Why Do Cats Purr?
By Jennifer Copley (Last Updated 16 July 2011)
. . . . It has been commonly assumed that cats purr to express contentment, but this doesn’t explain why cats also purr when giving birth, frightened or severely injured.
Although there has been little research conducted into the extraordinary self-healing ability of cats, evidence for the benefits of purring is mounting.
There are many indications that the vibrational frequency of a cat’s purr could provide healing and perhaps even health protection benefits not only for cats but for humans as well.
Specifically, researchers have found that consistent vibrational sound frequencies of 25-150 Hz, which is the range of a cat’s purr, aid in the healing of bones, tendons, ligaments and muscles, as well as providing pain relief.
Purring Increases Bone Strength, Speeds Healing
Cats’ bones heal faster and more easily after fractures than those of dogs. Veterinary medicine researchers note that 90% of cats that plummet from extraordinary heights survive despite serious injuries.
There is also evidence that cats are less likely to suffer postoperative complications after surgery than dogs. This rapid healing ability may be attributable to purring.
Dr. Clinton Rubin and his colleagues have discovered that sound frequencies of 20-50 Hz can increase bone density.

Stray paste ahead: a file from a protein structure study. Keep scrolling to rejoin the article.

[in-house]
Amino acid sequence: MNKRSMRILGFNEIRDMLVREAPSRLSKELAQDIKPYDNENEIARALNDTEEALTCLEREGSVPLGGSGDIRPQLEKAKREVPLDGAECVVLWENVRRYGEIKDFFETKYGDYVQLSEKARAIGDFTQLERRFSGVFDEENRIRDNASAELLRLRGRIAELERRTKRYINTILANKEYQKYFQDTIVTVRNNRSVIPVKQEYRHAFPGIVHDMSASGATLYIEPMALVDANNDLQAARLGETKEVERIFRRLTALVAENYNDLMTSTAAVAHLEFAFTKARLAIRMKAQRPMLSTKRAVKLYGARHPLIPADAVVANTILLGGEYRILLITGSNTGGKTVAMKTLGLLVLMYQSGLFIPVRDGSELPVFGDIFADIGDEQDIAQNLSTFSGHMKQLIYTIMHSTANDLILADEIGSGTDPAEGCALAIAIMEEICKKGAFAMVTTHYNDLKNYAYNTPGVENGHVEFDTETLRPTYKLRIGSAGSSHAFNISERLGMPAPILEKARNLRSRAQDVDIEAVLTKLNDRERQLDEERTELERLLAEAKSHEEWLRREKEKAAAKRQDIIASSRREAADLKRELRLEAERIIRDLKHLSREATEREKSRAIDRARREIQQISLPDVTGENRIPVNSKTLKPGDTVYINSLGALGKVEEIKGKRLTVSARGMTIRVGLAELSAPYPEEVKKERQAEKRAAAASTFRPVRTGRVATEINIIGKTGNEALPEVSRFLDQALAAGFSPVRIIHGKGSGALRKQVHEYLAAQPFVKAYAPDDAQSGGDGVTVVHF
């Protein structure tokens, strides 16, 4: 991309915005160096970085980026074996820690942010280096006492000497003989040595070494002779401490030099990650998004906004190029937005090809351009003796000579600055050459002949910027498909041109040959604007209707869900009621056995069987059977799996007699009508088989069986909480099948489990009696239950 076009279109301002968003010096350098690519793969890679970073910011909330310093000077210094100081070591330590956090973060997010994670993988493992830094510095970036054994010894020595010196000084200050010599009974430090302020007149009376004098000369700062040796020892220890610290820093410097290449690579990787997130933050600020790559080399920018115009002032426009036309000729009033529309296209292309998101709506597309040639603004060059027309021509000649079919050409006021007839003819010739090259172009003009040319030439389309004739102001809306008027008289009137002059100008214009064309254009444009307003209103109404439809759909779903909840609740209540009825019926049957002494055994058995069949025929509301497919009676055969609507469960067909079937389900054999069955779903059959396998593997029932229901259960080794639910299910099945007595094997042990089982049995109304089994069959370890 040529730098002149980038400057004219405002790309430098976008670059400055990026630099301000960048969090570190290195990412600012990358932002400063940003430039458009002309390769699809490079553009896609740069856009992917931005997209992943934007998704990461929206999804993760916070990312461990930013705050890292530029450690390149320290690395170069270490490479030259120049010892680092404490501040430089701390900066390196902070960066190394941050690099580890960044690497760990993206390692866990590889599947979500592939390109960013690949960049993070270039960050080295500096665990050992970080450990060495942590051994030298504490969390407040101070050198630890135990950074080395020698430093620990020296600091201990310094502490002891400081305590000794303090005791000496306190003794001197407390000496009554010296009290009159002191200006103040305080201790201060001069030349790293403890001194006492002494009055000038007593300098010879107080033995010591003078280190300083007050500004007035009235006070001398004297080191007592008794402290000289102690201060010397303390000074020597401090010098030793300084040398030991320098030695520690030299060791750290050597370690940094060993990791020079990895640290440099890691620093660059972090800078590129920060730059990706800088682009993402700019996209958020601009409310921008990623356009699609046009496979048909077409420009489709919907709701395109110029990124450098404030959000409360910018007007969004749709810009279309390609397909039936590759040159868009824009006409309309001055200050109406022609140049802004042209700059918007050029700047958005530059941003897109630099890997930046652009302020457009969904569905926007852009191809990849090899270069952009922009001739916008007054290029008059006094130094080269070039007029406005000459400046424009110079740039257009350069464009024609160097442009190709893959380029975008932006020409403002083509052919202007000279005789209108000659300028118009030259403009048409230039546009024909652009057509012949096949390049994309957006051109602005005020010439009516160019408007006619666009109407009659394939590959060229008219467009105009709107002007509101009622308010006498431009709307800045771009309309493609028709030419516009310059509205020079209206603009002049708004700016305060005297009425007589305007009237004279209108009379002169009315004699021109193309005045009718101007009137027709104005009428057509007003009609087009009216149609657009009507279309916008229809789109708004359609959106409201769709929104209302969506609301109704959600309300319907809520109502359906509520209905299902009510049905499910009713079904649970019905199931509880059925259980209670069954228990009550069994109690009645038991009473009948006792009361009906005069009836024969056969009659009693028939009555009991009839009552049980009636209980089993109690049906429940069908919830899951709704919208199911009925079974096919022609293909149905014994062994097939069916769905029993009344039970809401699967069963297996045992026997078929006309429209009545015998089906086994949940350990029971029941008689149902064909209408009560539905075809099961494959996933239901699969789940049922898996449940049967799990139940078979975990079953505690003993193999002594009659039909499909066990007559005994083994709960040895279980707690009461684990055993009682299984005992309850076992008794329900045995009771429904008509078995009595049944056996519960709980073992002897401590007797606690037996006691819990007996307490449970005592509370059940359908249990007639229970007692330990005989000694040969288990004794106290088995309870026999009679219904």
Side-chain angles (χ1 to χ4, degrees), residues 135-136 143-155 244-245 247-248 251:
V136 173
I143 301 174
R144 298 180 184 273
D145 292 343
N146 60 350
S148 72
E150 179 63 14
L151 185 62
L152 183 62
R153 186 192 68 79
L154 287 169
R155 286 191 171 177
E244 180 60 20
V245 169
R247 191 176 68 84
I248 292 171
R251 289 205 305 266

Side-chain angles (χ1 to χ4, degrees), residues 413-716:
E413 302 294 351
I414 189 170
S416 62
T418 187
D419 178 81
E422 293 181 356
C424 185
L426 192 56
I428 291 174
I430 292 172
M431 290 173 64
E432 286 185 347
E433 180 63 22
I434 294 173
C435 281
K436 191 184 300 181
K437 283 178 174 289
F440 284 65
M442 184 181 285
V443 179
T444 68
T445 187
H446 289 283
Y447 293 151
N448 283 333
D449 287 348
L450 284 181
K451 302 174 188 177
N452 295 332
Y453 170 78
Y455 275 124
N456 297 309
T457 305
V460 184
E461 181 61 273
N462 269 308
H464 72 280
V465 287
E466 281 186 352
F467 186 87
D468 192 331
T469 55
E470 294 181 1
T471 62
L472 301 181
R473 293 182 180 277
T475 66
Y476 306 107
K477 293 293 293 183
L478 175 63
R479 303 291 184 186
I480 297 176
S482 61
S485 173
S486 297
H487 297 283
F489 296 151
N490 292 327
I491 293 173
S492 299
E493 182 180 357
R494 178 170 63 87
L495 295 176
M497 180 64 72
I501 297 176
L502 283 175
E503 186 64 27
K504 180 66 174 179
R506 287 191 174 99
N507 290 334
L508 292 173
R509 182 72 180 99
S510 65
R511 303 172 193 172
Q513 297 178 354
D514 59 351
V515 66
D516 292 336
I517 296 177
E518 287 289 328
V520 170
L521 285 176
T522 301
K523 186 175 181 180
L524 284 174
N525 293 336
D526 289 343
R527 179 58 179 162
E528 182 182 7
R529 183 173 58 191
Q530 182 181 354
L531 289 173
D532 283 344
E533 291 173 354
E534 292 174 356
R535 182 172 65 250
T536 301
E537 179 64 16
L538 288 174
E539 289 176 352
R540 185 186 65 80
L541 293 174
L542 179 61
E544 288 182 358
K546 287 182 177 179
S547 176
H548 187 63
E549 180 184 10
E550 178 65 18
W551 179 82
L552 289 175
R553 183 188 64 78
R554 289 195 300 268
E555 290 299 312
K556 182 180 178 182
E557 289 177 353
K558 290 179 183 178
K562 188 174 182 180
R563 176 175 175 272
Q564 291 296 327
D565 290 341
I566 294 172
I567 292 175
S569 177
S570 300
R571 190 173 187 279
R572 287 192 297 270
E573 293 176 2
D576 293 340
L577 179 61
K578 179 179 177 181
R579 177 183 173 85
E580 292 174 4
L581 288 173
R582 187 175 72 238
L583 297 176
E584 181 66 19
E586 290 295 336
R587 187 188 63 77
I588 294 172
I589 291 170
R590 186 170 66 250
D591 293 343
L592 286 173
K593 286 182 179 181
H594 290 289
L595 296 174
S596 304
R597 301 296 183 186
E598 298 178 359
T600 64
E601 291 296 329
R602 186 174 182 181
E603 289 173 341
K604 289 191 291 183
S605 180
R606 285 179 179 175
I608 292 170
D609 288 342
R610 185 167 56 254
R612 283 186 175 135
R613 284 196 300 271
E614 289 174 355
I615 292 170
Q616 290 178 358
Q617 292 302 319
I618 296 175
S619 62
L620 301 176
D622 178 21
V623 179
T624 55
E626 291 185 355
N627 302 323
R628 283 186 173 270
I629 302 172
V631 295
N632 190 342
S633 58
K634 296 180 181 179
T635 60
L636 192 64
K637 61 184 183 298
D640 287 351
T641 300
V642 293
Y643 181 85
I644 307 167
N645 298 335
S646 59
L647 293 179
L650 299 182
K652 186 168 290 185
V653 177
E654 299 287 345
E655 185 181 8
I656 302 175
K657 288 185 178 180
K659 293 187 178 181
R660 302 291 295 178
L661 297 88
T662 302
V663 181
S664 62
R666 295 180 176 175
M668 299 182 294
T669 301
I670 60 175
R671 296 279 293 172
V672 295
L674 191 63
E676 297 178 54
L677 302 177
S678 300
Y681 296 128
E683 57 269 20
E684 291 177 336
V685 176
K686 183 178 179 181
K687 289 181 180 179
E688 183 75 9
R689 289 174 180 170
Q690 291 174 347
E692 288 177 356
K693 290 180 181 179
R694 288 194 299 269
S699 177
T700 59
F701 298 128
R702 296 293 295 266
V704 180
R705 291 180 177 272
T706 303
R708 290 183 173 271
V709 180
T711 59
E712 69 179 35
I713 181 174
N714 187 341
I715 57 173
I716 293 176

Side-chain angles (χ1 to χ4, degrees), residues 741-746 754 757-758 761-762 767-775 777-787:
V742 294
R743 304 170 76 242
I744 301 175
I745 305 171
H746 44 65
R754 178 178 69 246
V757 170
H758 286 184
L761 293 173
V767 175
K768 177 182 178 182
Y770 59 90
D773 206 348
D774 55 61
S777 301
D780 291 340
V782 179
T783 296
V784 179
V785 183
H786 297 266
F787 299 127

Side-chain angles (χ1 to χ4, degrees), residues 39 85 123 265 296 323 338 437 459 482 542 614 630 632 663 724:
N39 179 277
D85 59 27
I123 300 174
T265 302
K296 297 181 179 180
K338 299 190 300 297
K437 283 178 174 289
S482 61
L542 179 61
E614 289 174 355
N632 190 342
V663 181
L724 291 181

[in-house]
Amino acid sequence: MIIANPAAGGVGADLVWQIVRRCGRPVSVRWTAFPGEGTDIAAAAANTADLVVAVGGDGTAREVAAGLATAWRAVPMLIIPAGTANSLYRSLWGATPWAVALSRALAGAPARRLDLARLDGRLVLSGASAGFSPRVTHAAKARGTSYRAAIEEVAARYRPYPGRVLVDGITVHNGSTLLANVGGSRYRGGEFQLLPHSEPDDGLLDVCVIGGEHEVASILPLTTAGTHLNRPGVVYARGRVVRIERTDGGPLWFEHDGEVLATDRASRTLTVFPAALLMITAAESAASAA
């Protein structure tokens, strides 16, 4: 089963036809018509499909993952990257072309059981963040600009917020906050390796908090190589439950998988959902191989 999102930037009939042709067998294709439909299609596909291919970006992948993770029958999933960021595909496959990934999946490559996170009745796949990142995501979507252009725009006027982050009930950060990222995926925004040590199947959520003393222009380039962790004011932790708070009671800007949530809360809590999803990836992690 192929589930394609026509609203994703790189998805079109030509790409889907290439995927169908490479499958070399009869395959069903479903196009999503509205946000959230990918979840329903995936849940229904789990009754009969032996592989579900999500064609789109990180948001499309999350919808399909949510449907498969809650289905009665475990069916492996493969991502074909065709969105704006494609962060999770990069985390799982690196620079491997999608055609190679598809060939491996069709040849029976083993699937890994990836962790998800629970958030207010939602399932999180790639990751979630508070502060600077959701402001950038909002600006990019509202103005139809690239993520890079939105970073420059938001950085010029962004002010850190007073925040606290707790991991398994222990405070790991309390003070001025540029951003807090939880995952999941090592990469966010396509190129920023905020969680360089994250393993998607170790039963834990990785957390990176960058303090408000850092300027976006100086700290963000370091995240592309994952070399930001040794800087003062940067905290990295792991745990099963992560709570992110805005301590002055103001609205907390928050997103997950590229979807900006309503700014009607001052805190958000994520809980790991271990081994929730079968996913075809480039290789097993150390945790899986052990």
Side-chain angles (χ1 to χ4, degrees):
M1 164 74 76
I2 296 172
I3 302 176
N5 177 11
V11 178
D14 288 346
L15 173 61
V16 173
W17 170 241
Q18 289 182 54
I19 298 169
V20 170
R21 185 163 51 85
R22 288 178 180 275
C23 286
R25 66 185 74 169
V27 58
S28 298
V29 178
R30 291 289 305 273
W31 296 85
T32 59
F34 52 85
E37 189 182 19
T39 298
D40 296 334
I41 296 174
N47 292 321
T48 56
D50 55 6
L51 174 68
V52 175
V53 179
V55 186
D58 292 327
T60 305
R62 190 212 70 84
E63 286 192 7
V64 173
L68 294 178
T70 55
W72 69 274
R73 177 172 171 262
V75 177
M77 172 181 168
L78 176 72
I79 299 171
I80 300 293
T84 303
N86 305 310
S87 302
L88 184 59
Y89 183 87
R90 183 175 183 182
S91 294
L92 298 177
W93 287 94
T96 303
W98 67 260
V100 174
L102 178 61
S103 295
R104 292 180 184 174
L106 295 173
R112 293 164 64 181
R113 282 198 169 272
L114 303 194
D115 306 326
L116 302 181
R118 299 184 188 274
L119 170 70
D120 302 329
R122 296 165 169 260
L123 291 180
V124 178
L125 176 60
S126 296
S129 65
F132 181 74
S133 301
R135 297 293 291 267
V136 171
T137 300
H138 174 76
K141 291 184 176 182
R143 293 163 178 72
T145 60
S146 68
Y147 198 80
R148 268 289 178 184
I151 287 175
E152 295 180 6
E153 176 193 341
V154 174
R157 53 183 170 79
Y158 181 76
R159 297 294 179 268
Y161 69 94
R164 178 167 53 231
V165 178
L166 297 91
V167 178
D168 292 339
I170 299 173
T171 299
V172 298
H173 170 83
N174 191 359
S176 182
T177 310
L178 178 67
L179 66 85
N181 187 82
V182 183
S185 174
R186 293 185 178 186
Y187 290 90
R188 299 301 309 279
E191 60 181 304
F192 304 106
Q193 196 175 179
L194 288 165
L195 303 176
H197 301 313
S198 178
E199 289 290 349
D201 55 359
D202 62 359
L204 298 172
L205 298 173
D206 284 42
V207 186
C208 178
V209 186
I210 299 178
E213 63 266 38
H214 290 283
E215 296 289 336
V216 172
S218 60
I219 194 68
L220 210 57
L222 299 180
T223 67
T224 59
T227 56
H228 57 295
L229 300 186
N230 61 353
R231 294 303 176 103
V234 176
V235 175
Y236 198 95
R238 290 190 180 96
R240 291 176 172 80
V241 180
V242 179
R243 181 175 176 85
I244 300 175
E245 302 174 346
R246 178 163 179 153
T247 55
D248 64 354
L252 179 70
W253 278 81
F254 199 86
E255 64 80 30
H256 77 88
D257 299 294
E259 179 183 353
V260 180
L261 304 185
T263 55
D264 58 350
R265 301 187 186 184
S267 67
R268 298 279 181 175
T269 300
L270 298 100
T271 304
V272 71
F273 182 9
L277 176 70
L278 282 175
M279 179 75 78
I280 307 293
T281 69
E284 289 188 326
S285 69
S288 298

An amusing study in which researchers placed chickens on a vibrating plate for 20 minutes each day found that the chickens grew stronger bones as a result.
This finding was replicated in a study of rabbits, in which bone strength increased by 20% after exposure to the 20-50Hz sound frequency.
The study also found that the frequency stimulated the healing of broken bones as well as the speed of bone regeneration.
This discovery has significant implications, given the large numbers of people who suffer from osteoporosis (bone loss) as they age.
Cats suffer far less often from diseases of the bones than dogs, and given the effect that the purr frequency has on bones, it’s likely that purring plays a role in this.
There are a number of osteo diseases that are rare in cats but common in dogs, including scapulohumeral joint luxations and hip dysplasia. Cats are also less likely to suffer from osteosarcoma, osteoarthritis and myeloma (a tumor of the bone marrow’s plasma cells).